The actual prediction then simply  corresponds to plug that linear combination into the sigmoid function (see above formula). Note that in the code, the linear combination is clipped into the range [-20,20] to avoid numerical overflows (in computing \( e^{-\theta^Tx} \) ) and because sigmoid(-20) and sigmoid(20) are respectively so close from 0 and 1 that it doesn’t have any impact anyway.

def update_w(w, n, x, p, y):
    for i in x:
        w[i] -= (p - y) * alpha / (sqrt(n[i]) + 1.)
        n[i] += 1.
    return w, n

Alright, now we reach the heart of the whole thing: the actual update of the weight vector w using the current training example x, the prediction on it (p) and the actual value y (the supervision in our training set, typically 0 or 1).

Again, if you remember from my previous post, the update rule for a given weight \( \theta_j  \) is:

$$ \theta_j = \theta_j \thinspace  – \alpha  \sum\limits_{i=1}^{N} ( h_{\theta}(x^{(i)}) – y_i )x_j^{(i)}  $$

But this rule is defined for the whole training set in one shot (N is the number of training examples). In SGD, the weights gets updated for a bunch of examples rather than for the whole training set, and specifically in the implementation here, they get updated one  training example at a time. In other words, given a training example x the update of weight  \( \theta_j  \) more corresponds to:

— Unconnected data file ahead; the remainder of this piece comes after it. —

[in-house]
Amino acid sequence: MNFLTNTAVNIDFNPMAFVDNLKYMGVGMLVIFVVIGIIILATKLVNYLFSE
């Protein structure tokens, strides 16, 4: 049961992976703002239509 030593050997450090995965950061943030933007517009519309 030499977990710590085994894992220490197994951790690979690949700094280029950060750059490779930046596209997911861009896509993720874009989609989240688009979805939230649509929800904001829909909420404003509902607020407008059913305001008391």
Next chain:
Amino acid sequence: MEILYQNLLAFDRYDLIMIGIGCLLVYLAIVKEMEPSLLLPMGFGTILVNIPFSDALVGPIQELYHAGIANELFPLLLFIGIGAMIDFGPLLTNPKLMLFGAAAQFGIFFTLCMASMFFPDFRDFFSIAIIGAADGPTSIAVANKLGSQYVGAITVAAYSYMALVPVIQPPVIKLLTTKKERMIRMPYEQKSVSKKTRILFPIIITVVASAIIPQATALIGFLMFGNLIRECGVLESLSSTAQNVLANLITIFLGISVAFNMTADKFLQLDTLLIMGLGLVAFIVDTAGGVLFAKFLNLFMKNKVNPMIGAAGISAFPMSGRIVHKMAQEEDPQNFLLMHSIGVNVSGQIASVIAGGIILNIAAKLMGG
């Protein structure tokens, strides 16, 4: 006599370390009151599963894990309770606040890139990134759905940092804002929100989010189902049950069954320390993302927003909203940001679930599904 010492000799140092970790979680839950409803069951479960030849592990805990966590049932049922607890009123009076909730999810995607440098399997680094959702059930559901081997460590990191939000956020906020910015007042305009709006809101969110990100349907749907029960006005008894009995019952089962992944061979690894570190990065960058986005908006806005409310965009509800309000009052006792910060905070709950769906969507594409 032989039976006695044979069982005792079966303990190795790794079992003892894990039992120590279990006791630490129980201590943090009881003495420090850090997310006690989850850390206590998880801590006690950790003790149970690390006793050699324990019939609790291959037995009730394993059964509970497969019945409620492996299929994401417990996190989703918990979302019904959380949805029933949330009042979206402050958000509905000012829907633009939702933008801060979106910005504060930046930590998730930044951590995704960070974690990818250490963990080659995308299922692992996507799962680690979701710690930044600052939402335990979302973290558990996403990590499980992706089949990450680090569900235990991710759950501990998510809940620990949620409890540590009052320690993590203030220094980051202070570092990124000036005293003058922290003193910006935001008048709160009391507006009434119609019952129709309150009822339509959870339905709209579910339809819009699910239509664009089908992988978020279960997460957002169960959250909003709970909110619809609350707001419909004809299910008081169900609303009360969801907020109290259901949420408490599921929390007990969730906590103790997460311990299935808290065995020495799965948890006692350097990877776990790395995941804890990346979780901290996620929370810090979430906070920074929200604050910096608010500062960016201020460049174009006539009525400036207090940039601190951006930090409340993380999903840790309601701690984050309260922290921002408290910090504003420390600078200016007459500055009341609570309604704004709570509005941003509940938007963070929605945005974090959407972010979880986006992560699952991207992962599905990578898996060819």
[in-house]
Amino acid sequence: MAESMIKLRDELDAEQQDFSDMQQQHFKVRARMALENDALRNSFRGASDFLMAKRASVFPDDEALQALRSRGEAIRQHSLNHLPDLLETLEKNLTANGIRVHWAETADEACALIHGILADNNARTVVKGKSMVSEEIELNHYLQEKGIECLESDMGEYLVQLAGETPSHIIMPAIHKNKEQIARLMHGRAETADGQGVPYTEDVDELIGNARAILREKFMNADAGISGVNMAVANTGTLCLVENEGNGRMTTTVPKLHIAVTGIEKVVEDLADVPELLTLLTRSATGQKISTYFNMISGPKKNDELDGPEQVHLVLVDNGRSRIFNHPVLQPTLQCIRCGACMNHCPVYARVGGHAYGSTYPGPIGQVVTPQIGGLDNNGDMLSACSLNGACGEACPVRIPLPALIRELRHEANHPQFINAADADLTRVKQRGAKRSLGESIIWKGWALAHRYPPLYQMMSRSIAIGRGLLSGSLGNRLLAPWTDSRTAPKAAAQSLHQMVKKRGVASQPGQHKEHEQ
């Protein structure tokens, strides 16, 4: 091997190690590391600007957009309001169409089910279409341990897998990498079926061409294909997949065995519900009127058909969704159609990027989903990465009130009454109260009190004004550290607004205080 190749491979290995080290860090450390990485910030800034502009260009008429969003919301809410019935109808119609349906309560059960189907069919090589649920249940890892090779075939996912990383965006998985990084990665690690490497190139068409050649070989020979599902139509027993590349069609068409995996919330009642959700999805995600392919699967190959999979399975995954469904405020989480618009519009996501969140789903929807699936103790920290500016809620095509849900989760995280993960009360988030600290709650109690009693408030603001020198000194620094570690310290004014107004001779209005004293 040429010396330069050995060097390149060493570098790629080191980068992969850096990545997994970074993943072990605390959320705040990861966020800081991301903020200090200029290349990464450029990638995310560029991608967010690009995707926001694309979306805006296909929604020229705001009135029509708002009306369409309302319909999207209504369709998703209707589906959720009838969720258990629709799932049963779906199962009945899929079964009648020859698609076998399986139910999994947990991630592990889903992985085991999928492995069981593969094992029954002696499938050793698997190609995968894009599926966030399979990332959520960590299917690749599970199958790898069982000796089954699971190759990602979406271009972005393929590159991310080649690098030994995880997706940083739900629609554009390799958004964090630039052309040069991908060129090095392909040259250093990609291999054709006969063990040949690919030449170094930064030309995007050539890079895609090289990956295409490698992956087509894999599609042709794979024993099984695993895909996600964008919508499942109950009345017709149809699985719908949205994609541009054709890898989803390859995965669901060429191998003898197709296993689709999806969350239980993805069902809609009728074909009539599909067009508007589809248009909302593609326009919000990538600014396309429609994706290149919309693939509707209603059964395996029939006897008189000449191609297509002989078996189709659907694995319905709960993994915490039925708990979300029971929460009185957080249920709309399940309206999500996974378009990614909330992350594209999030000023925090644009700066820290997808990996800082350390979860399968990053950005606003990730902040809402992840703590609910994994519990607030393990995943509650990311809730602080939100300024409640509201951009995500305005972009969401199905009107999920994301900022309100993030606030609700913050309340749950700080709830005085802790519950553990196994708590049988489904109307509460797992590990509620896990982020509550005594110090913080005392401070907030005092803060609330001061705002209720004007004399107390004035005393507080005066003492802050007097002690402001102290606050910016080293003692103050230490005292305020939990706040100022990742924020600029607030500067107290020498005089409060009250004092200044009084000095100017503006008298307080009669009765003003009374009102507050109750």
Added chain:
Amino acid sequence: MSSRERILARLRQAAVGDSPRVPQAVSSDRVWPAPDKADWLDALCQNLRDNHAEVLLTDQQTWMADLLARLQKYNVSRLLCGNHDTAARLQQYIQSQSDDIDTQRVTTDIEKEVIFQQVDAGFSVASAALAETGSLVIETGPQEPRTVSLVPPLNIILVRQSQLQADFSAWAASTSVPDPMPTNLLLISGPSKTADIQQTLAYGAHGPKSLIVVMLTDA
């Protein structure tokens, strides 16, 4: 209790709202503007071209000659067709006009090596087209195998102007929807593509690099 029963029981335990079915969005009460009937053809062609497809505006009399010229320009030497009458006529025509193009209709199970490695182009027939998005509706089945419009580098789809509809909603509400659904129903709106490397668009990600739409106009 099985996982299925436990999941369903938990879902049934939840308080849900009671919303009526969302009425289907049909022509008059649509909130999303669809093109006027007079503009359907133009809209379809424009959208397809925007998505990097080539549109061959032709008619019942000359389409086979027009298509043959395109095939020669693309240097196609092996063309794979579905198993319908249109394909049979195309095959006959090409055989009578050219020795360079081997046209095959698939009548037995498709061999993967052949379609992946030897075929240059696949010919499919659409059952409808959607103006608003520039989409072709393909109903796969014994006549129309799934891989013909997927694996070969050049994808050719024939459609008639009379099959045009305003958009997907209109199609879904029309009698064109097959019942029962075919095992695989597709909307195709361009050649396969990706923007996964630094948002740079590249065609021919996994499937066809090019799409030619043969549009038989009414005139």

$$ \theta_j = \theta_j \thinspace  – \alpha \thinspace (h_{\theta}(x ) – y_i ) x_j   $$

Note that in our case, \(x_j  \)   is always 0 or 1 (depending if the corresponding signal is present or not in the training example), so when we update \(\theta_j \) , \(x_j  \)   will always be 1 and can thus be removed in the equation above.

Now, regarding the learning rate \( \alpha \) , we mentioned above that instead of a general global learning rate, we want a per-coordinate adaptive one, \( \alpha_c\)  , for the coordinate (weight/signal) \(c\) . But replacing \( \alpha \) by the formula we mentioned  previously, we obtain:

$$\theta_j = \theta_j  – \alpha  \frac{ h_{\theta}(x ) – y_i  }{\sqrt{n_{\theta_j}}+1} $$

In our case, \( n_{\theta_j} \) is simply the number of times that this weight was updated so far (equivalently how many time its corresponding signal was observed in the training set) and this number is maintained in a simple array (the n variable in the code) of size D, with n[i] being that counter.  And \( h_{\theta}(x ) \) is nothing else than the prediction (produced by the get_p function). So yes, the equation above is exactly the line of code performing the gradient update step:

w[i] -= (p - y) * alpha / (sqrt(n[i]) + 1.)

This line of code is obviously the most important one, where all the magic happens. Beautiful isn’t it? 😀